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Can You Pay Directors and Officers of a Michigan Condominium or Homeowners Association?

            It is common for a condominium association’s master deed and bylaws or a homeowners association’s declaration to address compensating board members.  Usually, such a provision will either expressly disallow any compensation or only allow compensation if approved by a specified percentage of the community association’s members.  Apart from the general notion that board members should be made up of volunteers that are interested in helping the condominium or subdivision, why is it important or desirable for an association’s directors and officers to be volunteers?  This article addresses the liability protections that a community association’s directors can benefit from, as well as offering cautionary advice for keeping directors and officers as the primary volunteers “employed” by an association.

Governing Documents

            An association’s governing documents, whether it be the condominium bylaws or corporate bylaws of a homeowners association, will typically address whether directors or officers can be compensated.  In most cases, the bylaws will indicate that directors must serve without compensation. However, the governing documents for some homeowners associations permit board members to be compensated.  HOA bylaws that permit director compensation may require an owner vote to approve compensation as well, so it is important to comply with any such requirements prior to compensating directors, if the community association opts to go this route.

Michigan Nonprofit Corporation Act

            The Michigan Nonprofit Corporation Act, MCL 450.2101 et seq., which applies to condominium associations and homeowners associations that are incorporated as nonprofit corporations, contains two sections that help provide protection to volunteer directors and officers in three ways.  But it is important to keep in mind that the protections discussed in this section only apply to volunteers, which are defined as “an individual who performs services for a corporation, other than services as a volunteer director, who does not receive compensation or any other type of consideration for the services other than reimbursement for expenses actually incurred.”  MCL 450.2110(1).  The Michigan Nonprofit Corporation Act also provides a slightly more expansive definition of “volunteer director” to mean “a director who does not receive anything of more than nominal value from the corporation for serving as a director other than reasonable per diem compensation and reimbursement for actual, reasonable, and necessary expenses incurred by a director in his or her capacity as a director.”  MCL 450.2110(2).  Under these definitions, a director who receives nominal payment, or is reimbursed for expenses while acting as a director, may still benefit from the protections offered by the Michigan Nonprofit Corporation Act.

One relevant section of the Michigan Nonprofit Corporation Act, MCL 450.2209(1)(c), allows a community association to include a provision in its articles of incorporation that limits or eliminates a volunteer director’s or officer’s liability for actions or inactions that the director or officer takes on behalf of the association.  Under MCL 450.2209(1)(c), an association’s articles of eliminate or limit a director’s or volunteer officer’s liability for money damages unless the director or volunteer officer received a benefit they were not entitled to, intentionally inflicted harm on the corporation or its members, declared an improper distribution, committed an intentional criminal act, or was liable for attorney’s fees and costs as a result of a bad-faith derivative action.  By taking advantage of the protection offered by this section, an association may be able to avoid the time and expense of litigation by having either individual claims, or even the entire lawsuit, against the whole board or individual board members dismissed.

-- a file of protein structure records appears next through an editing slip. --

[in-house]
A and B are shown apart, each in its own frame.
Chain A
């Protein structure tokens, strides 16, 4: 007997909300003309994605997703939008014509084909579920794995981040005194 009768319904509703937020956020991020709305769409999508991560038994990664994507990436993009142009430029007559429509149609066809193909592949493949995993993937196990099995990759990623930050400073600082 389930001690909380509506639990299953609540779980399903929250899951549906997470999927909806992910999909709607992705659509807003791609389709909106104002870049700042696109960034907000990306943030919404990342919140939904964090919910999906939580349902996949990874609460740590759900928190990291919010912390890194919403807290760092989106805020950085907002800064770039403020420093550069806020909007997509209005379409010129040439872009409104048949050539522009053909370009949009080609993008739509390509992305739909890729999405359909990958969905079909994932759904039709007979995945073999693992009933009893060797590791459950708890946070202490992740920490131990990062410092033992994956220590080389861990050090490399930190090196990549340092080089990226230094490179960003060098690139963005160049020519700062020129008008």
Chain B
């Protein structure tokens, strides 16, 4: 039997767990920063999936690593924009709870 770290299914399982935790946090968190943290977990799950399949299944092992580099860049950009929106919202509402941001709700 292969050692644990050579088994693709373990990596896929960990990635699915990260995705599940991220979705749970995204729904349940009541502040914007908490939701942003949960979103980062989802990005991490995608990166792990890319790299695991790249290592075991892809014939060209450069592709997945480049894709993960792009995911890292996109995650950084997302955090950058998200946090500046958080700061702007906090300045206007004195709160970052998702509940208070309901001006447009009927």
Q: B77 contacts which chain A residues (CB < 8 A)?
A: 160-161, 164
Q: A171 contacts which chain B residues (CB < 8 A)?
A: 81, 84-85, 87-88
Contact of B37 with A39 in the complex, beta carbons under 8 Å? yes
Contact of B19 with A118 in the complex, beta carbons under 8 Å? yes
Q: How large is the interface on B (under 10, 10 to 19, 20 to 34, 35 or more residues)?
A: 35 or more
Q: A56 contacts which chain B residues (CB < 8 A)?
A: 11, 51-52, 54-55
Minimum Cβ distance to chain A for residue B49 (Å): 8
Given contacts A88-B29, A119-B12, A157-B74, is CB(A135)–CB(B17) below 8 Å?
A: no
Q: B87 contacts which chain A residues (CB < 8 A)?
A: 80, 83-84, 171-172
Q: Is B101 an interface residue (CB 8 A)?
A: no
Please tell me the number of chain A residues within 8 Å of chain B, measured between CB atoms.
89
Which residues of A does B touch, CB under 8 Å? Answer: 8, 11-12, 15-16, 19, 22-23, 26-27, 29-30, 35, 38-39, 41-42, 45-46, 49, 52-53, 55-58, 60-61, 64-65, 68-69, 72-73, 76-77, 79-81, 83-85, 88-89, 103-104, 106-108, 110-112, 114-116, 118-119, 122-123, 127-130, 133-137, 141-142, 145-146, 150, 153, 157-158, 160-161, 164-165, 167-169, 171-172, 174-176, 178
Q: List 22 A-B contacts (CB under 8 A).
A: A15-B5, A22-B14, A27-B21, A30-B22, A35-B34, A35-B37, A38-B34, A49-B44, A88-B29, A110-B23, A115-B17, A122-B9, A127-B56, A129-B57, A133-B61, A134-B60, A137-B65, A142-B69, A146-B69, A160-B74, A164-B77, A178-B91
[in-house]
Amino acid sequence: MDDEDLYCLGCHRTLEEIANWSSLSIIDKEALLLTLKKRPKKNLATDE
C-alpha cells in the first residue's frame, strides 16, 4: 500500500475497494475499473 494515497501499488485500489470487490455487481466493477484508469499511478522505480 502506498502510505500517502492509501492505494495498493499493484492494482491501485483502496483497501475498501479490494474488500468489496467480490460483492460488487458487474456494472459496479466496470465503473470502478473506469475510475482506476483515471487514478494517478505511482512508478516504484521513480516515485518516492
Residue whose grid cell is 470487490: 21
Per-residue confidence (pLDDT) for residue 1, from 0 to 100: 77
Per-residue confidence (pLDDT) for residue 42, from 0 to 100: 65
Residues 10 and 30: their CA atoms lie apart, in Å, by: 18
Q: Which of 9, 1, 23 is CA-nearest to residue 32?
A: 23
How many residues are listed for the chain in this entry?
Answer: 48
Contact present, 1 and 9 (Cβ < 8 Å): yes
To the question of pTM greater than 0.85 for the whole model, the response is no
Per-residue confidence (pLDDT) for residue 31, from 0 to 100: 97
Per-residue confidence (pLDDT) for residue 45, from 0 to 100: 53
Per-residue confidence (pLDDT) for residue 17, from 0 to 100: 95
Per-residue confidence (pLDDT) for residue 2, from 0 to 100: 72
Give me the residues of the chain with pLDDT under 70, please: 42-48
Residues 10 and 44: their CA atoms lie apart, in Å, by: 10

The Michigan Nonprofit Corporation Act provides an additional defense for directors and officers to use in the event of a lawsuit—the business judgment rule.  The business judgment rule is codified in MCL 450.2541(2), which states:

(2) In discharging his or her duties, a director or officer is entitled to rely on information, opinions, reports, or statements, including financial statements and other financial data, if prepared or presented by any of the following:

(a) One or more directors, officers, or employees of the corporation, or of a domestic or foreign corporation or a business organization under joint control or common control, whom the director or officer reasonably believes to be reliable and competent in the matters presented.

(b) Legal counsel, public accountants, engineers, or other persons as to matters the director or officer reasonably believes are within the person’s professional or expert competence.

(c) A committee of the board of which he or she is not a member if the director or officer reasonably believes that the committee merits confidence.

The concept behind the business judgment rule was explained by the Michigan Court of Appeals as follows:

Ordinarily, the decisions made by a condominium association board should be reviewed by a court using the same business judgment rule that governs decisions made by other types of corporate directors. The business judgment rule limits the judicial review of decisions made by a condominium’s board of managers to whether the board’s actions are authorized, and whether the actions were taken in good faith and in furtherance of the legitimate interests of the condominium. It can be gleaned from the case law that so long as a condominium board acts for the purposes of the condominium, within the scope of its authority and in good faith, the courts will not substitute their judgment for that of the board’s.  [MJ Dev Co, Inc v Inn at Bay Harbor Ass’n, unpublished per curiam opinion of the Court of Appeals, issued February 23, 2017 (Docket No. 330496).]